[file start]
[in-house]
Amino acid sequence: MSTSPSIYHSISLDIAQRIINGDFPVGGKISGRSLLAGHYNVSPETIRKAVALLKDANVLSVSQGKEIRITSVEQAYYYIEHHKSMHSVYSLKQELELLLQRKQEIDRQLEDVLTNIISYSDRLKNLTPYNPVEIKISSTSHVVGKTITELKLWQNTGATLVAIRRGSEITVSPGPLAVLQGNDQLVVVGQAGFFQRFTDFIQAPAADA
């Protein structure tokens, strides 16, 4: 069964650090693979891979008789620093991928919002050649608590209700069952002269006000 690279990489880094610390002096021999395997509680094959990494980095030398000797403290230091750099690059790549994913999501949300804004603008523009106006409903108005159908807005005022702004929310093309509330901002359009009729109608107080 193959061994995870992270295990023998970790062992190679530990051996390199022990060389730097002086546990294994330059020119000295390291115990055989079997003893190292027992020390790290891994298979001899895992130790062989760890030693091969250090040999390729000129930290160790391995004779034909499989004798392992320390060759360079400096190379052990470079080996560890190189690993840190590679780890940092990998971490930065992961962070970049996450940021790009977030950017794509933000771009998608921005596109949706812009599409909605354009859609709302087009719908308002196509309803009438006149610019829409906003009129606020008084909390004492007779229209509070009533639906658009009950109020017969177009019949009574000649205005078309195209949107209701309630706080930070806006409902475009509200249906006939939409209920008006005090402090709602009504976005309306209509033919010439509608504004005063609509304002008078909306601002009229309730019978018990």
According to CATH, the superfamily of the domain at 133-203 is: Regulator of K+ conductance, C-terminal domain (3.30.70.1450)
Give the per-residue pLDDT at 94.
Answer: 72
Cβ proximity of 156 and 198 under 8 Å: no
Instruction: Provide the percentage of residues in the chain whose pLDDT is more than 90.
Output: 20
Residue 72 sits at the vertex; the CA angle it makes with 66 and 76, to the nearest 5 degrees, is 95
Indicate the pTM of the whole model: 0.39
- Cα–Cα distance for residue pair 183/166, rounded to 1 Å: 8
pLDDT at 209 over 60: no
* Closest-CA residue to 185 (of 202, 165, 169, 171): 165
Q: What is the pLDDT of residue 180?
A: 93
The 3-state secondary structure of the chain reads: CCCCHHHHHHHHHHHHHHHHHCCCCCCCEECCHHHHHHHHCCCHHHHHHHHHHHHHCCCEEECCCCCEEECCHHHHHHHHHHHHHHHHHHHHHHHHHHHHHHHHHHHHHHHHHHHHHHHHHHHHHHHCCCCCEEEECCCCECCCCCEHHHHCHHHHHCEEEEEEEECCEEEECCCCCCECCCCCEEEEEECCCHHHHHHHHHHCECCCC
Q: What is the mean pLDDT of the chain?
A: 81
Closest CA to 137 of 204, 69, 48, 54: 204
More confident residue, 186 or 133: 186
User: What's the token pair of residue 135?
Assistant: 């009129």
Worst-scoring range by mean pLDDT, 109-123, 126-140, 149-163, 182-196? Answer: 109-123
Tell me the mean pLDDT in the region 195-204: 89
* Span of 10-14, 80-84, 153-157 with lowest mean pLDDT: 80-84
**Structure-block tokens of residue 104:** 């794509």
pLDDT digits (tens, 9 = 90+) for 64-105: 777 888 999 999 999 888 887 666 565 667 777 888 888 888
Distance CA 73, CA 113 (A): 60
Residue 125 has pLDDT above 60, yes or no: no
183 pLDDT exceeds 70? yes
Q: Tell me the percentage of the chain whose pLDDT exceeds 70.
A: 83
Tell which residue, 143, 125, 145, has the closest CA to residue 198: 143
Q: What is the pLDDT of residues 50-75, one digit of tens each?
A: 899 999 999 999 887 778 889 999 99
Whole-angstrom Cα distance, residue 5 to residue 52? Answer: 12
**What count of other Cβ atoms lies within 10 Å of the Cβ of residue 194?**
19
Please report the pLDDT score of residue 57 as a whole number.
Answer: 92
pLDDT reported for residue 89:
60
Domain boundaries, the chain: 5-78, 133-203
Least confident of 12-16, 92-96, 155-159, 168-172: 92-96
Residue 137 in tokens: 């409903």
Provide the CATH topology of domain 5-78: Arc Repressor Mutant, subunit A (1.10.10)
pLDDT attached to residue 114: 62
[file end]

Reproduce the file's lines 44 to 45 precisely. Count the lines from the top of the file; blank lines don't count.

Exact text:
Domain boundaries, the chain: 5-78, 133-203
Least confident of 12-16, 92-96, 155-159, 168-172: 92-96